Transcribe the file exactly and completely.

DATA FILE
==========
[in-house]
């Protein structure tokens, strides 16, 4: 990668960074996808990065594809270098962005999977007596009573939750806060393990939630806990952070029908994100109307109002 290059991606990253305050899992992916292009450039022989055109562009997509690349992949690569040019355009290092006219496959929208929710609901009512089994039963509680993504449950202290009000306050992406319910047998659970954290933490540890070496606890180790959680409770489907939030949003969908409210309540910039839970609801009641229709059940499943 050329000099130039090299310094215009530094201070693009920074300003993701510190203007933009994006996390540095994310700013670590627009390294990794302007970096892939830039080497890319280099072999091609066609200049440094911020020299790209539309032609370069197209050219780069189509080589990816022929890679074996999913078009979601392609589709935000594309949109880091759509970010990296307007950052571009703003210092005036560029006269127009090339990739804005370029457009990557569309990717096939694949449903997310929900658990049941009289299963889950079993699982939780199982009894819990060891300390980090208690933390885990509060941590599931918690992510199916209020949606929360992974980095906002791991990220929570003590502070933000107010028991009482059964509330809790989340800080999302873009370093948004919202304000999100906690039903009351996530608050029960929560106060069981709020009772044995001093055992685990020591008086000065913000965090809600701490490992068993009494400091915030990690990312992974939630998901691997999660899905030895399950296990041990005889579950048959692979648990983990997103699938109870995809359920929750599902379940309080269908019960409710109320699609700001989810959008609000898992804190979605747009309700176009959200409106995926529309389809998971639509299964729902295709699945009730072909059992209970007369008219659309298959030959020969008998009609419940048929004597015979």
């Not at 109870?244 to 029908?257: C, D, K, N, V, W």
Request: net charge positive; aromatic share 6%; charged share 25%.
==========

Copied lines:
[in-house]
């Protein structure tokens, strides 16, 4: 990668960074996808990065594809270098962005999977007596009573939750806060393990939630806990952070029908994100109307109002 290059991606990253305050899992992916292009450039022989055109562009997509690349992949690569040019355009290092006219496959929208929710609901009512089994039963509680993504449950202290009000306050992406319910047998659970954290933490540890070496606890180790959680409770489907939030949003969908409210309540910039839970609801009641229709059940499943 050329000099130039090299310094215009530094201070693009920074300003993701510190203007933009994006996390540095994310700013670590627009390294990794302007970096892939830039080497890319280099072999091609066609200049440094911020020299790209539309032609370069197209050219780069189509080589990816022929890679074996999913078009979601392609589709935000594309949109880091759509970010990296307007950052571009703003210092005036560029006269127009090339990739804005370029457009990557569309990717096939694949449903997310929900658990049941009289299963889950079993699982939780199982009894819990060891300390980090208690933390885990509060941590599931918690992510199916209020949606929360992974980095906002791991990220929570003590502070933000107010028991009482059964509330809790989340800080999302873009370093948004919202304000999100906690039903009351996530608050029960929560106060069981709020009772044995001093055992685990020591008086000065913000965090809600701490490992068993009494400091915030990690990312992974939630998901691997999660899905030895399950296990041990005889579950048959692979648990983990997103699938109870995809359920929750599902379940309080269908019960409710109320699609700001989810959008609000898992804190979605747009309700176009959200409106995926529309389809998971639509299964729902295709699945009730072909059992209970007369008219659309298959030959020969008998009609419940048929004597015979």
């Not at 109870?244 to 029908?257: C, D, K, N, V, W």
Request: net charge positive; aromatic share 6%; charged share 25%.